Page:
Craigslist’s missed connections is addicting for multiple reasons. It’s easy to spend all day reading about the possible love stories that surround us all day, and its also nice to read about people that may or may not be more desperate than yourself. Either way, Sophia Blackall’s illustrations of missed connections is the perfect accompaniment to otherwise image-less stories.
Mithu Sen did not begin her career in visual expression. Her work has evolved quite a bit to get to the point of creating an 80-foot long installation that is essentially one giant denture. She began as a poet, inspired by her mother, writing in Bengali as a child. She was published quite a few times before she moved to Delhi and began to lose her connection to her mother tongue. Afterwards, she made the transition to “artist.”
Her artwork now is often categorized as highly sexual. She has said of this: “I don’t really care if my sexual works are the reason people are looking. Sexuality is the means by which one can enter the self and the psyche. The so-called sexual overtone in my work is to provoke and trap people, to force them to see and to contemplate. I’ve tried to bring tabooed sexuality out of the closet… I try to draw sexuality from both living and inanimate objects.”
Definitely her work pushes boundaries, but in her drawings as in Border Unseen (the tooth wall) there are details and subtleties to be discovered beneath the most obvious aspects of her work. On Border Unseen, little figurines of people, skulls, toys, etc. of similar dimensions to the teeth, are camouflaged all throughout the installation. Likewise, although her drawings are overtly and uncomfortably sexual – as in the piece where a finger seems to be inserted inside an animal within which is another animal – if you are able to overcome the initial disturbance, there’s a great deal of tenderness below. Although the work is challenging, it is not so heavy-handed, and always demands more open-mindedness of the viewer; always a worthwhile exercise. (Via BOMB Magazine)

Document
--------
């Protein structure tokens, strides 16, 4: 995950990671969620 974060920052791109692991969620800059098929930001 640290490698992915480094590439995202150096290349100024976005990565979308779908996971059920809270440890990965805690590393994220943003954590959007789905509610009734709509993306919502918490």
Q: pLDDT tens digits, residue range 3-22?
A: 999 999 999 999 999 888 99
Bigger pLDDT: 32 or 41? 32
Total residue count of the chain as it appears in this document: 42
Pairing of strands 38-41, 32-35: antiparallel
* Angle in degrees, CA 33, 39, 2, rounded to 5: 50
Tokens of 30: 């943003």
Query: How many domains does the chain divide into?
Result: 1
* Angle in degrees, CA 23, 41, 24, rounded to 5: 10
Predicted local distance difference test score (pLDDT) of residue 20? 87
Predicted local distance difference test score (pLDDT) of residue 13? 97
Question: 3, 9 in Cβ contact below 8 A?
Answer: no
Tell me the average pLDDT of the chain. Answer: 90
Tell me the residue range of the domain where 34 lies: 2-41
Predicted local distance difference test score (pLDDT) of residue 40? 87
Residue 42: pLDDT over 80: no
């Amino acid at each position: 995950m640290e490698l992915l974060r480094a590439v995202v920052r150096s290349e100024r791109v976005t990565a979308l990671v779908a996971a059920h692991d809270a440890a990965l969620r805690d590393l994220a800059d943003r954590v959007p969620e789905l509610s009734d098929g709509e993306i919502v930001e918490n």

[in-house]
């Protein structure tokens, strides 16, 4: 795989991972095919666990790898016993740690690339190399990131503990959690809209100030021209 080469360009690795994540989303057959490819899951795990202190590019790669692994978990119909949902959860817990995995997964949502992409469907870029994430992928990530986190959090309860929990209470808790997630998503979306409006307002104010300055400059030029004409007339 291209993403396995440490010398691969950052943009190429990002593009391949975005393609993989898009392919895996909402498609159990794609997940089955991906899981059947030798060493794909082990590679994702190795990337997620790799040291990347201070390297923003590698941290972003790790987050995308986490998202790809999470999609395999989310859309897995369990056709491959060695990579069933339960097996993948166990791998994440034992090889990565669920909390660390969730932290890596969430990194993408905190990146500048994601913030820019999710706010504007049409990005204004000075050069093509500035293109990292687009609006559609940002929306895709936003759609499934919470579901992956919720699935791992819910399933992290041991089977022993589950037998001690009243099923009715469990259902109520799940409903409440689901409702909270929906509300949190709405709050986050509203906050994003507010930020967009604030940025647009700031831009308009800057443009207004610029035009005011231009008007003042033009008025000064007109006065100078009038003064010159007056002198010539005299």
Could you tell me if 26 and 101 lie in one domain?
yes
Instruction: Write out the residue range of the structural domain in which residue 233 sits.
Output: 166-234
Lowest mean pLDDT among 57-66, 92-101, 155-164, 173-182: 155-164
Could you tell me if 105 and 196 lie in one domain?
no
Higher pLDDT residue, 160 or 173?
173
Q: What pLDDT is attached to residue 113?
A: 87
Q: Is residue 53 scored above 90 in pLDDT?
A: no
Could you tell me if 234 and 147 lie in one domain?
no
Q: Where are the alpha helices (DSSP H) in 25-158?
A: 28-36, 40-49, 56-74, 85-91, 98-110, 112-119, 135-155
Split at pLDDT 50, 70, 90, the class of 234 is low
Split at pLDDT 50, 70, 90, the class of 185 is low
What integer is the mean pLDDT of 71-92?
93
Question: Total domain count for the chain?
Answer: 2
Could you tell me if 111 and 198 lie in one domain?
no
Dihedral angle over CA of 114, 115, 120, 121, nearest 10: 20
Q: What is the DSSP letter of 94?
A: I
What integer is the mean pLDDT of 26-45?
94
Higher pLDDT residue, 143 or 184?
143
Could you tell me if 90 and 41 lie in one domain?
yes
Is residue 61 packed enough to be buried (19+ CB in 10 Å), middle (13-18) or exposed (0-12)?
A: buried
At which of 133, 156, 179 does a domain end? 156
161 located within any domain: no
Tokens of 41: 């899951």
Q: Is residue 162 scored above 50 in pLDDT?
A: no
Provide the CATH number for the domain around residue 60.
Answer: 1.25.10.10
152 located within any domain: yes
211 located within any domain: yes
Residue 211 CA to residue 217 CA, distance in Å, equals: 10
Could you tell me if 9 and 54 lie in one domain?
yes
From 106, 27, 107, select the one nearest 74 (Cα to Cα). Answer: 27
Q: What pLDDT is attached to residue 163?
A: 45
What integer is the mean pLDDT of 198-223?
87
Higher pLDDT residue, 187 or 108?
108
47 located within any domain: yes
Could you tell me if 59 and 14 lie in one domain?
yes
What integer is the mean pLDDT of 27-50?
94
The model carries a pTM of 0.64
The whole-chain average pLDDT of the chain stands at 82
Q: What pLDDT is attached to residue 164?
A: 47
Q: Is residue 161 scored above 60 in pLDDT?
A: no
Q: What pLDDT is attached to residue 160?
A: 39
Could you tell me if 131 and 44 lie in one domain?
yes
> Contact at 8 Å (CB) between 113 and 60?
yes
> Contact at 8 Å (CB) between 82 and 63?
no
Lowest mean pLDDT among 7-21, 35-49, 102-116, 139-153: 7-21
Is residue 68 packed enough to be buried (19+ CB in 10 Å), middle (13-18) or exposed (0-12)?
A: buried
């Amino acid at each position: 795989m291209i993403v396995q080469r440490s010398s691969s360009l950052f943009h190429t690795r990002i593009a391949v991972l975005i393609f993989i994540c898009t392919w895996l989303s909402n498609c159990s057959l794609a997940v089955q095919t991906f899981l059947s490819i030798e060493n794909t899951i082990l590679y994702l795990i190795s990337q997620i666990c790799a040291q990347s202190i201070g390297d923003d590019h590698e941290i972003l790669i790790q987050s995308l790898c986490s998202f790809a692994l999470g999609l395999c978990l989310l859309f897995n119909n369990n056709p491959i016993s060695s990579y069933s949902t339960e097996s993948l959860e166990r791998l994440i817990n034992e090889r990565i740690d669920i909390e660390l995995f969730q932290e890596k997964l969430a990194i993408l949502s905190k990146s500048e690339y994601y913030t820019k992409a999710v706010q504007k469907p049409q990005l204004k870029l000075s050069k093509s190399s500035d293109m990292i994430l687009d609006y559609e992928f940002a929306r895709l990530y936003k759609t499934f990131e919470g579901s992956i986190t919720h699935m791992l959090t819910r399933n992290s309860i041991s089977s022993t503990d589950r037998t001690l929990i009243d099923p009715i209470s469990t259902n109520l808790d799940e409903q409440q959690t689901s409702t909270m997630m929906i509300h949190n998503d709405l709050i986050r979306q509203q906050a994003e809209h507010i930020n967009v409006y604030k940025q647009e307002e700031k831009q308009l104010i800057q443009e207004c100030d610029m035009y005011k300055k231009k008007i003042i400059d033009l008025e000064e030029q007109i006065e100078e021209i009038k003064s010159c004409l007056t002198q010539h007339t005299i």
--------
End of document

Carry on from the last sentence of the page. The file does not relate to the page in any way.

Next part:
Seattle’s goCstudio design team has cooked up a dreamy creation that is perfect for the moody weather in the Pacific Northwest. This piece, the “Floating Sauna,” offers a portable, wood-fueled sauna that can be taken and put onto a body of water. This project is nearing fruition as the team is in their final stages of fundraising and will soon begin construction. They have reached out into the community for support and have received an overall enthusiastic response.
GoCstudio was founded in 2012 by architects Jon Gentry and Aimee O’Carroll, who met while they both worked for Olson Kundig Architects.
This team, which has already produced some amazing projects, is moving to embrace a more unique and innovative path. Not only is the technical concept behind the sauna pretty astounding, but the aesthetic presence of it is simple yet elegant. It will add beauty to any horizon it sits on.